In an Effort to Unseat FriendTech or Even X, Social Financial Platforms Test Out New Features

  • There is an upsurge in social finance protocols that provide much more capability than the initial FriendTech app.
  • But would these features be sufficient to displace FriendTech, let alone popular programs like X?

The newest trend in cryptocurrency, social finance platforms, is beginning to test out more features in an effort to discover a strong product-market fit. Only they might find it difficult to separate themselves from the aspect of financial speculation that gave rise to their first success.

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FriendTech, a company built on Coinbase’s Base platform, was the first to usher in this new era of social banking. It offers a location where users may purchase keys that grant them entry to the private group conversations of influencers. The cost of the keys is based on a bonding curve, which means that the more are purchased, the more expensive they become. The real kicker is that each transaction has a 10% fee that is paid equally between the platform’s inventor and the influencer.

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This naturally sparked a wave of financial speculation. Leading cryptocurrency influencers like Hsaka, Cobie, and Dingaling climbed the ranks and amassed hundreds of thousands of dollars in fees, with the platform’s founder Racer earning $450,000 from those who traded their keys. Influencers have made $20 million in total from fees on the app, and Racer has also received a similar sum.


What makes FriendTech unique is that while being by far the most successful social finance app—in large part because it was the first to use this particular recipe—it is still a very young program. The only other features of the application are the ability to swap keys and post in group chats.

FriendTech has, however, offered surprisingly few new functions. Instead, new software has emerged with a wider range of social and financial features.

Increasing both social and financial impact

To begin with, PostTech, a clone of X (before Twitter), was located in Arbitrum and introduced posting to a broad feed. This is intriguing because, assuming that these platforms progress beyond being passing trends, a relatively simple capability opens the door for crypto Twitter to become a social financial tool.

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Avalanche-based the second-largest such site, StarsArena, is currently reopening after a pricey problem forced its shutdown. It has a tipping feature, among other things. This straightforward functionality enables users to receive payment directly for their public messages on the platform’s own X-like feed.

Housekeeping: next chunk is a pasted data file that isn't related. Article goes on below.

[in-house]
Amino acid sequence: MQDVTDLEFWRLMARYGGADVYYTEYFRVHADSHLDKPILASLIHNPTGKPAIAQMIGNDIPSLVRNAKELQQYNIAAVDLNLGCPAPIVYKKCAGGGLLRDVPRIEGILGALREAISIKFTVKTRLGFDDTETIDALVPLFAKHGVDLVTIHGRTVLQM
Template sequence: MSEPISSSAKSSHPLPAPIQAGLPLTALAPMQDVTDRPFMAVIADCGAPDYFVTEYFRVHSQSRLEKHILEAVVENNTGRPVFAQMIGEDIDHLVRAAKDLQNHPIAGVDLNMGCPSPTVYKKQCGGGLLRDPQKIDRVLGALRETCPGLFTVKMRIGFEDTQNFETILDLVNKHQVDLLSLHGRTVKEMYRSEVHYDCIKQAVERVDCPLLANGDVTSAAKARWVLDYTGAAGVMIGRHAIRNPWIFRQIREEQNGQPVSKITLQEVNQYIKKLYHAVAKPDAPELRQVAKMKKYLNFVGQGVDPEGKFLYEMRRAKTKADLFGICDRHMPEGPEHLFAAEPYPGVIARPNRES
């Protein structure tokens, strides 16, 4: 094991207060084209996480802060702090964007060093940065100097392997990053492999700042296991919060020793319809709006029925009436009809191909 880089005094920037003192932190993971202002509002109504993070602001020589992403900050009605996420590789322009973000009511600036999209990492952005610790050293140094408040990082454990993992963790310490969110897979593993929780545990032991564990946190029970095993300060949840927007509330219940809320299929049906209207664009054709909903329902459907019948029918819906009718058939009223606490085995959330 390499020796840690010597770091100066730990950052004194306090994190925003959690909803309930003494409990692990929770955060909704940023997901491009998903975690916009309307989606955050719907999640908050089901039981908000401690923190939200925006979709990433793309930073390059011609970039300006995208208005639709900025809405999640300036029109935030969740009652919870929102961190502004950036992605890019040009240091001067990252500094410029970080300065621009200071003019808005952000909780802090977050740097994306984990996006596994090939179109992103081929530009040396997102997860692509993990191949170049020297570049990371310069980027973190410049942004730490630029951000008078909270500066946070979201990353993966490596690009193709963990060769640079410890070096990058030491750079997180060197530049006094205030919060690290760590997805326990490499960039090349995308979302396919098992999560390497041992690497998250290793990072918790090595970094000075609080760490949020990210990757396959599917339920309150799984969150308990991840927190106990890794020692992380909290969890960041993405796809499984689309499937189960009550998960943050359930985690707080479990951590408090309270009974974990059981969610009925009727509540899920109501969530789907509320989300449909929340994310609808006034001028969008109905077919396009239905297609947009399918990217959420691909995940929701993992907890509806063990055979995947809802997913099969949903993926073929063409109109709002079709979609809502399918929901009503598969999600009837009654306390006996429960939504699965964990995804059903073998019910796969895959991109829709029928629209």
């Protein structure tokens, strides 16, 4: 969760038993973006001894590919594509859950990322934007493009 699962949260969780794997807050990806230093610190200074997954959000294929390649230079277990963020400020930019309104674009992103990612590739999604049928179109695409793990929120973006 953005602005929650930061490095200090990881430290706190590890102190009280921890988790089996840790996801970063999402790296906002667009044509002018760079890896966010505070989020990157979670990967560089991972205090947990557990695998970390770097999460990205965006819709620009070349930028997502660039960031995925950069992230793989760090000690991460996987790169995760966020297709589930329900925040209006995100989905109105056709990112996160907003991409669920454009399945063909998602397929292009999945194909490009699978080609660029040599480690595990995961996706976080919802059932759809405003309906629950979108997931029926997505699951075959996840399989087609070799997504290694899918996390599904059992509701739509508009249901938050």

The Arbitrum-based CipherRIP is experimenting with ways to entice users to purchase more keys, or cores as it calls them, even though this isn’t exactly a new feature. To send a message, known as a cipher, on its public feed, new users must purchase at least five cores. Although there is a chance that it will discourage new users from trying it out, this could lead to increased trade.

Trying different financial strategies

Then there is New Bitcoin City, a Bitcoin Layer 2 NOS-based project that isn’t a FriendTech knockoff but rather a social layer with comparable features that also permits keyholders from other social finance protocols to utilize the same keys on their app. In terms of the features it provides, it is even more revolutionary.


Along with the group chat that the key accesses, the application also provides direct messages (DMs) between influencers and the people who have their keys. Furthermore, it enables influencers to play games with the keyholders they control and pay them “red packets”—basically, money to acquire more keys for them.

Influencers can determine the price they charge for key purchases and sales (between 0-8%), as well as the number of keys required to access their group chat, in terms of finances.

In addition, New Bitcoin City incorporates a well-known strategy called (3,3), which gets its name from the Olympus Protocol’s game theory component. In this strategy, users of social finance apps buy one other’s private keys in an effort to increase both their valuations and potential fee income. With the help of the app’s function, you can send a (3,3) request to lock each other’s keys for 30 days.

“Creating a [FriendTech] fork or additional socialfi app is not our aim. The social layer for crypto/web3/the next decentralized web is what we want to create, next Bitcoin City stated via DM on its app. “So that’s the reason we invest a lot into building ‘circle utilities’ so people can actually do things together rather than just speculating on key prices.”

Even if the latest crop of FriendTech-inspired programs provide fresh features and possibly superior user experiences, this may not be enough to ensure their success. If FriendTech’s social gambling component is what’s most important, it might be difficult for other smaller casinos—which is how you could describe them—to compete for their patronage.

However, some people are already aiming higher than even that high objective.

For instance, at [New Bitcoin City], we don’t want to compete with FriendTech and its forks. We want to compete with X, Meta, Tiktok, etc. We are utilizing a cryptocurrency app that resembles a standard consumer app for the first time,” they claimed. “I think crypto is ready for the masses now.”CRYPTOCASTER® - DECENTRALIZED FREEDOM!

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